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Gaia: A New Look at Life on Earth Subsequent Edition

4.2 out of 5 stars 36 customer reviews
ISBN-13: 978-0192862181
ISBN-10: 0192862189
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Gaia: A New Look at Life on Earth (Oxford Landmark Science)
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Editorial Reviews


"This may turn out to be one of the epochal insights of the 20th century."--CoEvolution Quarterly

"The most fascinating book that I have read for a long time....Both original and well-written."--New Scientist

"Places a daring hypothesis before the general reader....[His book] is the exciting and personal argument of an original thinker caught up in wonder."--Philip Morrison, Scientific American

"A book that I have read with immense pleasure."--René Dubos, Nature

--This text refers to an out of print or unavailable edition of this title.

About the Author

James Lovelock is an independent scientist, inventor, and author. He was elected Fellow of the Royal Society in 1974 and in 1990 was awarded the first Amsterdam Prize for the Environment by the Royal Netherlands Academy of Arts and Sciences. One of his inventions is the electron capture detector, which was important in the development of environmental awareness. It revealed for the first time the ubiquitous distribution of pesticide residues. He co-operated with NASA and some of his inventions were adopted in their programme of planetary exploration.

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Product Details

  • Paperback: 176 pages
  • Publisher: Oxford University Press; Subsequent edition (November 23, 2000)
  • Language: English
  • ISBN-10: 0192862189
  • ISBN-13: 978-0192862181
  • Product Dimensions: 7.5 x 0.4 x 4.9 inches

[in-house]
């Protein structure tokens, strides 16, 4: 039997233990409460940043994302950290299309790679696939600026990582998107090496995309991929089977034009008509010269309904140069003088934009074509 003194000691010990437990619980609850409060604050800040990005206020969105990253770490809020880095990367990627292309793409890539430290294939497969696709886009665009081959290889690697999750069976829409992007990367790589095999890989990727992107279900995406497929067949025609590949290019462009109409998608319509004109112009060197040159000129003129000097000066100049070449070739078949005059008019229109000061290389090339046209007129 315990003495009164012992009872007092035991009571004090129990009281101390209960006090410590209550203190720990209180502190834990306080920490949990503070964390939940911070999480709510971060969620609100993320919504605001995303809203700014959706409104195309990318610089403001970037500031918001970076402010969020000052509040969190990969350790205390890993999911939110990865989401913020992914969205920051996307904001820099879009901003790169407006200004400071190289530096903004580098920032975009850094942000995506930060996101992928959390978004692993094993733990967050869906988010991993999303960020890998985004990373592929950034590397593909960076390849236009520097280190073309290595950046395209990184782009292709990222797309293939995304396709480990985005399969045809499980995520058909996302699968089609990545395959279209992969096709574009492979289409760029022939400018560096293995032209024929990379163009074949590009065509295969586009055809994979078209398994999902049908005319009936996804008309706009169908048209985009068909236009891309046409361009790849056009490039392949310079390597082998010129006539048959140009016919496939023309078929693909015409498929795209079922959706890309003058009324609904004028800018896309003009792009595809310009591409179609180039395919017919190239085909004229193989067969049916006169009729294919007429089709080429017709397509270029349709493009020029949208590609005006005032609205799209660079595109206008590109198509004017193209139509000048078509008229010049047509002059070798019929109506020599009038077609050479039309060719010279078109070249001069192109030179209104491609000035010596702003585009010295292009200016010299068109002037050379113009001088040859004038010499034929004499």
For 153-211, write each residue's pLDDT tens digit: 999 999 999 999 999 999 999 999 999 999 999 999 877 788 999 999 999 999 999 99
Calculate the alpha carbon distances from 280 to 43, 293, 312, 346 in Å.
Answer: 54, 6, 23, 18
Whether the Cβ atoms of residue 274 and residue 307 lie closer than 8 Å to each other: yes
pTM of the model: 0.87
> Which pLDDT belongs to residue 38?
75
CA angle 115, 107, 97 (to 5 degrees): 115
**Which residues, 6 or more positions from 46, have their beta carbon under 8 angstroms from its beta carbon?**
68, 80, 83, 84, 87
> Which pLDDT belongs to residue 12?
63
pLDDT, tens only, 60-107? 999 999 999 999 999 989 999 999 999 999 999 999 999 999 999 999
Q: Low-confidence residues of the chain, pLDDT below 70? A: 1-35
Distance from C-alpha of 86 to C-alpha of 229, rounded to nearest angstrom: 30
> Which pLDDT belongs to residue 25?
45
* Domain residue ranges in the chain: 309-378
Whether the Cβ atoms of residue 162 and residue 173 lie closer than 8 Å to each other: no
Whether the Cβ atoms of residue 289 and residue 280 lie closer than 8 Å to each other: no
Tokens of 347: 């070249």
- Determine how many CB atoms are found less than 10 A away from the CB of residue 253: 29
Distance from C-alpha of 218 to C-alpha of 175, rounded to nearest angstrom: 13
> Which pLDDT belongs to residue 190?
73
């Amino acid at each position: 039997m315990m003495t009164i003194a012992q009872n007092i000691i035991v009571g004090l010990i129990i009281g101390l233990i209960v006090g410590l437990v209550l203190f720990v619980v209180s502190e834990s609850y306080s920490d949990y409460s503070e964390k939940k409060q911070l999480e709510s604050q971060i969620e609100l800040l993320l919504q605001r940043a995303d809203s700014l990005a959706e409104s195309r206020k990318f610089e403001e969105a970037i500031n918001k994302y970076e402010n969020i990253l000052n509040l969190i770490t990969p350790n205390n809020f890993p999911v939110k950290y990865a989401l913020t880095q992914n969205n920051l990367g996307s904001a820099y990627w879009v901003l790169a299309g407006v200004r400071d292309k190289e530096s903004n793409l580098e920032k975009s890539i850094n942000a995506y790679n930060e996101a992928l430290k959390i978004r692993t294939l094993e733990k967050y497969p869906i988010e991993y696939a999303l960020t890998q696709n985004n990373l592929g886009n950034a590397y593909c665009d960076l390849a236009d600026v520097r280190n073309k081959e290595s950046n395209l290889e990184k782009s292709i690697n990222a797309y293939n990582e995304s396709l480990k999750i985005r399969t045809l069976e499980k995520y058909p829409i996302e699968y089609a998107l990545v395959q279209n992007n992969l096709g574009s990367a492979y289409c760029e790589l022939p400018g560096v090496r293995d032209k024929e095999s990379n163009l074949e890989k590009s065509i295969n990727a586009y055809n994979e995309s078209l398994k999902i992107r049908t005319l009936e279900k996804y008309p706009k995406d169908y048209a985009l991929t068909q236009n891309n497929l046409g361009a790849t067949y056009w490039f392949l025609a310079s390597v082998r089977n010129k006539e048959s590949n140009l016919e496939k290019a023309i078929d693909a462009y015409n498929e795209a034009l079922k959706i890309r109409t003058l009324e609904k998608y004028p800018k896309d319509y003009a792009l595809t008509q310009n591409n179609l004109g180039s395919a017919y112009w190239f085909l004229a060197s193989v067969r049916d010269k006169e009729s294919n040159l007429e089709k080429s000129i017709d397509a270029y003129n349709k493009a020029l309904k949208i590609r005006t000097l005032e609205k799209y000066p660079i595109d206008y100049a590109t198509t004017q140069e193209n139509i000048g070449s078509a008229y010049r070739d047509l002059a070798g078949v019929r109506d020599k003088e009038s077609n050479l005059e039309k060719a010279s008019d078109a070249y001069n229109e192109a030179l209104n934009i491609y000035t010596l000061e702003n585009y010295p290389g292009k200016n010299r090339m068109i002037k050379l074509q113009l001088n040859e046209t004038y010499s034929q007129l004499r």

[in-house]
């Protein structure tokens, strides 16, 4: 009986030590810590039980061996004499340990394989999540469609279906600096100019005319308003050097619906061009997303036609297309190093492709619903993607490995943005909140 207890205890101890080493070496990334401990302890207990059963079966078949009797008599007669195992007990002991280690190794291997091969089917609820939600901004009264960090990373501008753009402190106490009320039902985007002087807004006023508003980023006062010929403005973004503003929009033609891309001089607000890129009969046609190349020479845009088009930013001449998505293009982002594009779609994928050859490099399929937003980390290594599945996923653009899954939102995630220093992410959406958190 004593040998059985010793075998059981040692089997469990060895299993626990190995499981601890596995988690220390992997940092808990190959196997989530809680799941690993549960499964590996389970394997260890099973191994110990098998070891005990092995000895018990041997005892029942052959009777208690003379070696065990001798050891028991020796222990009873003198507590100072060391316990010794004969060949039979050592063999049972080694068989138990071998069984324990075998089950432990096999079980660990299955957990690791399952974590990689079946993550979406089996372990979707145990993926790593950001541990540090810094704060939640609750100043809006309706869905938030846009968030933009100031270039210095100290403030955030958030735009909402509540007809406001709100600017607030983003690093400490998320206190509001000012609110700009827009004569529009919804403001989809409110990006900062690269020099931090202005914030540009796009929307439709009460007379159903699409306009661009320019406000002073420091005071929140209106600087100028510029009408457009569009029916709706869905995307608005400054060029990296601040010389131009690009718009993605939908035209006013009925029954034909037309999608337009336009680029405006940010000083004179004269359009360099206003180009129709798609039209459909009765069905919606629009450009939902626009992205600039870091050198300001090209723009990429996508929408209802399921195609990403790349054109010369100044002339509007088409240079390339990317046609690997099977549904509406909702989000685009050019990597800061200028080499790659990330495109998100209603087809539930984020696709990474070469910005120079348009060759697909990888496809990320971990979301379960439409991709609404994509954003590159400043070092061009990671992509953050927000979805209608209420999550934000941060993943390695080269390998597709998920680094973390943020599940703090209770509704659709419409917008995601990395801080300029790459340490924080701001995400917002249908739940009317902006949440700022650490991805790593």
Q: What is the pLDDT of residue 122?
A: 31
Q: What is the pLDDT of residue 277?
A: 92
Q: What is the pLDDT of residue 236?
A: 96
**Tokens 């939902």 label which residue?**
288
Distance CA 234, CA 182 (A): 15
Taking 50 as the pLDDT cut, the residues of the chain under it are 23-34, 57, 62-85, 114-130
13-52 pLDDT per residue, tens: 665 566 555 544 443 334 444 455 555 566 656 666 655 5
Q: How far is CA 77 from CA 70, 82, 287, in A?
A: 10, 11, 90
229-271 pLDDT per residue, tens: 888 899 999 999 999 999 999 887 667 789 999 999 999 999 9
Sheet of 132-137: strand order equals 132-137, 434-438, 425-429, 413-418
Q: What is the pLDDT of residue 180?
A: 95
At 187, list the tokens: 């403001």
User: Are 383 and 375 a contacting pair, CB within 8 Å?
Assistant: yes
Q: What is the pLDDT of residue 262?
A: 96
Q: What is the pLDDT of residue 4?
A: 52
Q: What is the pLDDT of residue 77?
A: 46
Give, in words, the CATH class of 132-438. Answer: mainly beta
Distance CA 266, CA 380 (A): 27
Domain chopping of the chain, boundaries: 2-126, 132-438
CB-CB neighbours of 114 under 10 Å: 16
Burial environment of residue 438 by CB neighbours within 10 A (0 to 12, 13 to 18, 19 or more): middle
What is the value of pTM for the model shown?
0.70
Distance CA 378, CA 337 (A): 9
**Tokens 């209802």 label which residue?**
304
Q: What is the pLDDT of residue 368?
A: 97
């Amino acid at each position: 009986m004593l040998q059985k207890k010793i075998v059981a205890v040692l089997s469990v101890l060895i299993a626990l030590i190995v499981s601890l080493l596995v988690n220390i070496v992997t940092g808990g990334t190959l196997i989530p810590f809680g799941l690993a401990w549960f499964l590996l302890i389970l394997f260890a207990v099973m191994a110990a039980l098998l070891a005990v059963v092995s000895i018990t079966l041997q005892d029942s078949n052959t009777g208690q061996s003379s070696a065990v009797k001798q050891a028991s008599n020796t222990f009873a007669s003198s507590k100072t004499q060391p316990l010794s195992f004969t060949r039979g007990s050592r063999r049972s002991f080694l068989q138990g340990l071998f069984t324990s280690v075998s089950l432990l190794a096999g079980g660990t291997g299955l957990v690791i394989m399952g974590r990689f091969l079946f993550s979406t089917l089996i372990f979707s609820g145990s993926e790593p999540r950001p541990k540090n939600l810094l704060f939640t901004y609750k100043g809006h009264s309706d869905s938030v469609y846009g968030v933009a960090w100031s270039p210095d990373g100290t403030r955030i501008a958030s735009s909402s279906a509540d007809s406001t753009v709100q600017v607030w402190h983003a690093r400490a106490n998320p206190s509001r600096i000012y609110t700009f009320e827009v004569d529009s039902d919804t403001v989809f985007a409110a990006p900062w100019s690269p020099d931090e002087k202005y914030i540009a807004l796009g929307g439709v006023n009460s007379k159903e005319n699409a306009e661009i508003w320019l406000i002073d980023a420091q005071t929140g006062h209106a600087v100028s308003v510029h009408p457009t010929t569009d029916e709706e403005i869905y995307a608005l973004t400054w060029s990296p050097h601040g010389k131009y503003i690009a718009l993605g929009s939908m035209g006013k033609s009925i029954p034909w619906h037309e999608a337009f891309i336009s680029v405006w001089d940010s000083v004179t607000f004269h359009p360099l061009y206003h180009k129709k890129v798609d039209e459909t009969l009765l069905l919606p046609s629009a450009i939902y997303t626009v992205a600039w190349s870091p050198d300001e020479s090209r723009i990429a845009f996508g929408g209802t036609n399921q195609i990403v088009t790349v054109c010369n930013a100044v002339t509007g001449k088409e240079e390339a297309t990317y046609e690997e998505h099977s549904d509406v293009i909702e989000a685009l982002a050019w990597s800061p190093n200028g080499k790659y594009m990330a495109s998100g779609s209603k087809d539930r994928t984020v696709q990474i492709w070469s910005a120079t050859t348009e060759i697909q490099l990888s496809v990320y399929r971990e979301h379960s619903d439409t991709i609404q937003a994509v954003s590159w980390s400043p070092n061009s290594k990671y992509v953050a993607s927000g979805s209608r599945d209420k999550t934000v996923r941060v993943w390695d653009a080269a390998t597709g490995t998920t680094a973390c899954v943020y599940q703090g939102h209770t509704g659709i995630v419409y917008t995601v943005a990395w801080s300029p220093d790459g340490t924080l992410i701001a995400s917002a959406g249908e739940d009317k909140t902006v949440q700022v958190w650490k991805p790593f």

• Shipping Weight: 5 ounces
  • Average Customer Review: 4.2 out of 5 stars  See all reviews (36 customer reviews)
  • Amazon Best Sellers Rank: #291,810 in Books (See Top 100 in Books)

Customer Reviews

Top Customer Reviews

By Donald Mitchell HALL OF FAME on May 17, 2000
Format: Paperback Verified Purchase
James Lovelock has created a powerful and interesting argument in this book that will keep scientists busy for centuries. He notices that there is an ability for the Earth to maintain relatively constant conditions in temperature, atmosphere, salinity and pH of the oceans, and reductions in pollutants that defies the simple observations of what "should" happen. From this, he concludes that there is a complex of physical, chemical and biological interrelationships that work like a living organism, which he defines as the Gaia Hypothesis. For defining that concept and providing some of the measurements to establish its premises, he deserves a 7 star rating.
Unfortunately, the argument is expressed in overlong and convoluted fashion. He deliberately limits himself to a nonscientific explanation in this book. The scientific version of the argument is in The Ages of Gaia. Although the book is not long, it certainly could have been condensed into a longish article for Scientific American or The Atlantic Monthly. My second quibble is that the editor was nowhere in sight on the organization of the book. The key point is often buried in the third sentence of the last paragraph in a chapter. The argument in between wanders into all kinds of places where it doesn't need to go. For organization and editing, I give this book a one star rating.
So the average is a 4 star rating. The writing itself is pleasant enough. Don't let the lack of organization and editing put you off, for it is worth your while to read this book. It will remind you of the benefits of the sort of sytems thinking that Peter Senge talks about in The Fifth Discipline.
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Format: Paperback
Although parts of the text are confusing and too deep for a mere mortal like myself, this book changed the whole way I look at the earth and my own role upon it, not to mention the part my species is taking. Reading and re-reading yields great rewards, the arguments, whether agreed with or not, are cogent and thought provoking, and will provide for many a night spent in those deep discussions with friends